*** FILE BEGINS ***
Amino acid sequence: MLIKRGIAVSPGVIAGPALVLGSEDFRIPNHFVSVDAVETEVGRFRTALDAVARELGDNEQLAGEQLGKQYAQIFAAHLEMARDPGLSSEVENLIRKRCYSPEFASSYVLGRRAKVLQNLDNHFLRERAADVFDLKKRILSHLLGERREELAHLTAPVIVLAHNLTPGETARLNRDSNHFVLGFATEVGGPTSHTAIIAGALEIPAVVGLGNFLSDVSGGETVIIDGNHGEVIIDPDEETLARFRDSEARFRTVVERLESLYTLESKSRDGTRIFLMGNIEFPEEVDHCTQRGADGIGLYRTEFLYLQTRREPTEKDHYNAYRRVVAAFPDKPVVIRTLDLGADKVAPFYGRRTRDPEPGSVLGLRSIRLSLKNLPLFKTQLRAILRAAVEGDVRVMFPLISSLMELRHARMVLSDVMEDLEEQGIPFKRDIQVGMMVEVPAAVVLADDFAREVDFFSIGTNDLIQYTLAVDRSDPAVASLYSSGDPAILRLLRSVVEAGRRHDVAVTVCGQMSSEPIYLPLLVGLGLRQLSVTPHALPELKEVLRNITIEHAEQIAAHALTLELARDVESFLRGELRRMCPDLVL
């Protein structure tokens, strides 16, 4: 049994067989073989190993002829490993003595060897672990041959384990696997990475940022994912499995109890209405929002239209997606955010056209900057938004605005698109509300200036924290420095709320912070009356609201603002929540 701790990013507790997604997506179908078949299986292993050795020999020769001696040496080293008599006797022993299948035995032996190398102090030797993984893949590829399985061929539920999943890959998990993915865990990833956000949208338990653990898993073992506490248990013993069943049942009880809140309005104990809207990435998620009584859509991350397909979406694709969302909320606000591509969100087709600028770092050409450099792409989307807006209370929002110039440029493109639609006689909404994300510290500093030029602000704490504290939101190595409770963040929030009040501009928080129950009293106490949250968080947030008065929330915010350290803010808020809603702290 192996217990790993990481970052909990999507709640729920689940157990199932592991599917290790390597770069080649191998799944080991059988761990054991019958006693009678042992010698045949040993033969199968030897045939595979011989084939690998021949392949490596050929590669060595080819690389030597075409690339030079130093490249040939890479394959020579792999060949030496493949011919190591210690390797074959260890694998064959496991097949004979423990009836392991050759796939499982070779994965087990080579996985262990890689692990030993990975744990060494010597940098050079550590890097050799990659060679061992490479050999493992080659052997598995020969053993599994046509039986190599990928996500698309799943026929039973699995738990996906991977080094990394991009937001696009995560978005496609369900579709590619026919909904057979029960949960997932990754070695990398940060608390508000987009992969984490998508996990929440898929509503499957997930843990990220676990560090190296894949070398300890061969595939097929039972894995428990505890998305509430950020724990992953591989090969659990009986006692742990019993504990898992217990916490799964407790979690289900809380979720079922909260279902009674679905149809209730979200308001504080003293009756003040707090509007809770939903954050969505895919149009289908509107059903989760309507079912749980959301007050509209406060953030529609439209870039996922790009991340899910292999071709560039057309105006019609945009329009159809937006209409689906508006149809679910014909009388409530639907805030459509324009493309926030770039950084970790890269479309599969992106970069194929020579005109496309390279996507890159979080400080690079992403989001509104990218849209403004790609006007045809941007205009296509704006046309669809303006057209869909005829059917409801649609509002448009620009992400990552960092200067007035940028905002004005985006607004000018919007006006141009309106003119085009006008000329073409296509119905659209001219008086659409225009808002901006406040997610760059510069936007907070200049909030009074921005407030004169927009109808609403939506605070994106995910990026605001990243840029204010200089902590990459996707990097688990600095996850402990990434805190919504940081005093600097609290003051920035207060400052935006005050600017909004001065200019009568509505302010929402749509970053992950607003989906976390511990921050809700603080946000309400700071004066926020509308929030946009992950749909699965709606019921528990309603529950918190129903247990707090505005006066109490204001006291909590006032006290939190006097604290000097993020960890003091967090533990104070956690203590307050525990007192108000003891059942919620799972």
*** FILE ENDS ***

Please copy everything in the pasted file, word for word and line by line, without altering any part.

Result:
Amino acid sequence: MLIKRGIAVSPGVIAGPALVLGSEDFRIPNHFVSVDAVETEVGRFRTALDAVARELGDNEQLAGEQLGKQYAQIFAAHLEMARDPGLSSEVENLIRKRCYSPEFASSYVLGRRAKVLQNLDNHFLRERAADVFDLKKRILSHLLGERREELAHLTAPVIVLAHNLTPGETARLNRDSNHFVLGFATEVGGPTSHTAIIAGALEIPAVVGLGNFLSDVSGGETVIIDGNHGEVIIDPDEETLARFRDSEARFRTVVERLESLYTLESKSRDGTRIFLMGNIEFPEEVDHCTQRGADGIGLYRTEFLYLQTRREPTEKDHYNAYRRVVAAFPDKPVVIRTLDLGADKVAPFYGRRTRDPEPGSVLGLRSIRLSLKNLPLFKTQLRAILRAAVEGDVRVMFPLISSLMELRHARMVLSDVMEDLEEQGIPFKRDIQVGMMVEVPAAVVLADDFAREVDFFSIGTNDLIQYTLAVDRSDPAVASLYSSGDPAILRLLRSVVEAGRRHDVAVTVCGQMSSEPIYLPLLVGLGLRQLSVTPHALPELKEVLRNITIEHAEQIAAHALTLELARDVESFLRGELRRMCPDLVL
């Protein structure tokens, strides 16, 4: 049994067989073989190993002829490993003595060897672990041959384990696997990475940022994912499995109890209405929002239209997606955010056209900057938004605005698109509300200036924290420095709320912070009356609201603002929540 701790990013507790997604997506179908078949299986292993050795020999020769001696040496080293008599006797022993299948035995032996190398102090030797993984893949590829399985061929539920999943890959998990993915865990990833956000949208338990653990898993073992506490248990013993069943049942009880809140309005104990809207990435998620009584859509991350397909979406694709969302909320606000591509969100087709600028770092050409450099792409989307807006209370929002110039440029493109639609006689909404994300510290500093030029602000704490504290939101190595409770963040929030009040501009928080129950009293106490949250968080947030008065929330915010350290803010808020809603702290 192996217990790993990481970052909990999507709640729920689940157990199932592991599917290790390597770069080649191998799944080991059988761990054991019958006693009678042992010698045949040993033969199968030897045939595979011989084939690998021949392949490596050929590669060595080819690389030597075409690339030079130093490249040939890479394959020579792999060949030496493949011919190591210690390797074959260890694998064959496991097949004979423990009836392991050759796939499982070779994965087990080579996985262990890689692990030993990975744990060494010597940098050079550590890097050799990659060679061992490479050999493992080659052997598995020969053993599994046509039986190599990928996500698309799943026929039973699995738990996906991977080094990394991009937001696009995560978005496609369900579709590619026919909904057979029960949960997932990754070695990398940060608390508000987009992969984490998508996990929440898929509503499957997930843990990220676990560090190296894949070398300890061969595939097929039972894995428990505890998305509430950020724990992953591989090969659990009986006692742990019993504990898992217990916490799964407790979690289900809380979720079922909260279902009674679905149809209730979200308001504080003293009756003040707090509007809770939903954050969505895919149009289908509107059903989760309507079912749980959301007050509209406060953030529609439209870039996922790009991340899910292999071709560039057309105006019609945009329009159809937006209409689906508006149809679910014909009388409530639907805030459509324009493309926030770039950084970790890269479309599969992106970069194929020579005109496309390279996507890159979080400080690079992403989001509104990218849209403004790609006007045809941007205009296509704006046309669809303006057209869909005829059917409801649609509002448009620009992400990552960092200067007035940028905002004005985006607004000018919007006006141009309106003119085009006008000329073409296509119905659209001219008086659409225009808002901006406040997610760059510069936007907070200049909030009074921005407030004169927009109808609403939506605070994106995910990026605001990243840029204010200089902590990459996707990097688990600095996850402990990434805190919504940081005093600097609290003051920035207060400052935006005050600017909004001065200019009568509505302010929402749509970053992950607003989906976390511990921050809700603080946000309400700071004066926020509308929030946009992950749909699965709606019921528990309603529950918190129903247990707090505005006066109490204001006291909590006032006290939190006097604290000097993020960890003091967090533990104070956690203590307050525990007192108000003891059942919620799972």